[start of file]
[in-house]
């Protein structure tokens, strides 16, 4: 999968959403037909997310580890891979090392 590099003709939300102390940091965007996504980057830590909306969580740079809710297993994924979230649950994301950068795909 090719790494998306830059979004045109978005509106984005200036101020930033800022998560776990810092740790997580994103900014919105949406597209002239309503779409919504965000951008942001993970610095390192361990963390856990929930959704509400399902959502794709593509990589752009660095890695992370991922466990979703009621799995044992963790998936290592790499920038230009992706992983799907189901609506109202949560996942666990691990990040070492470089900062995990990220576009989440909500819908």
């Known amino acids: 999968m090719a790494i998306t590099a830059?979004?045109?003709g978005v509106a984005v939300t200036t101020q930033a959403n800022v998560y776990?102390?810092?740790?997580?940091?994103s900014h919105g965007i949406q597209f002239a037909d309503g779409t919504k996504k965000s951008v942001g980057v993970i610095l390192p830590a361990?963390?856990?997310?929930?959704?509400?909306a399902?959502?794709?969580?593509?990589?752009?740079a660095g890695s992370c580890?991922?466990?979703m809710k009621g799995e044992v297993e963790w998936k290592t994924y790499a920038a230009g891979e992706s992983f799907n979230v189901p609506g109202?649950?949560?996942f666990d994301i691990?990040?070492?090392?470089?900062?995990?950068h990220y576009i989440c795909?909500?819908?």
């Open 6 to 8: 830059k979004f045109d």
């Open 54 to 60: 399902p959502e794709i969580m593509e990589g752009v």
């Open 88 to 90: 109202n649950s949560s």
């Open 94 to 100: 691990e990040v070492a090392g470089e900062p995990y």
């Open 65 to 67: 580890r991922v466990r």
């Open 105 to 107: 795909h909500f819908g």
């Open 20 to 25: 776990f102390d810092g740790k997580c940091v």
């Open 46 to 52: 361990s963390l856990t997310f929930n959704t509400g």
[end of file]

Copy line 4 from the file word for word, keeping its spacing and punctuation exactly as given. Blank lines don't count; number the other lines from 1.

């Open 6 to 8: 830059k979004f045109d």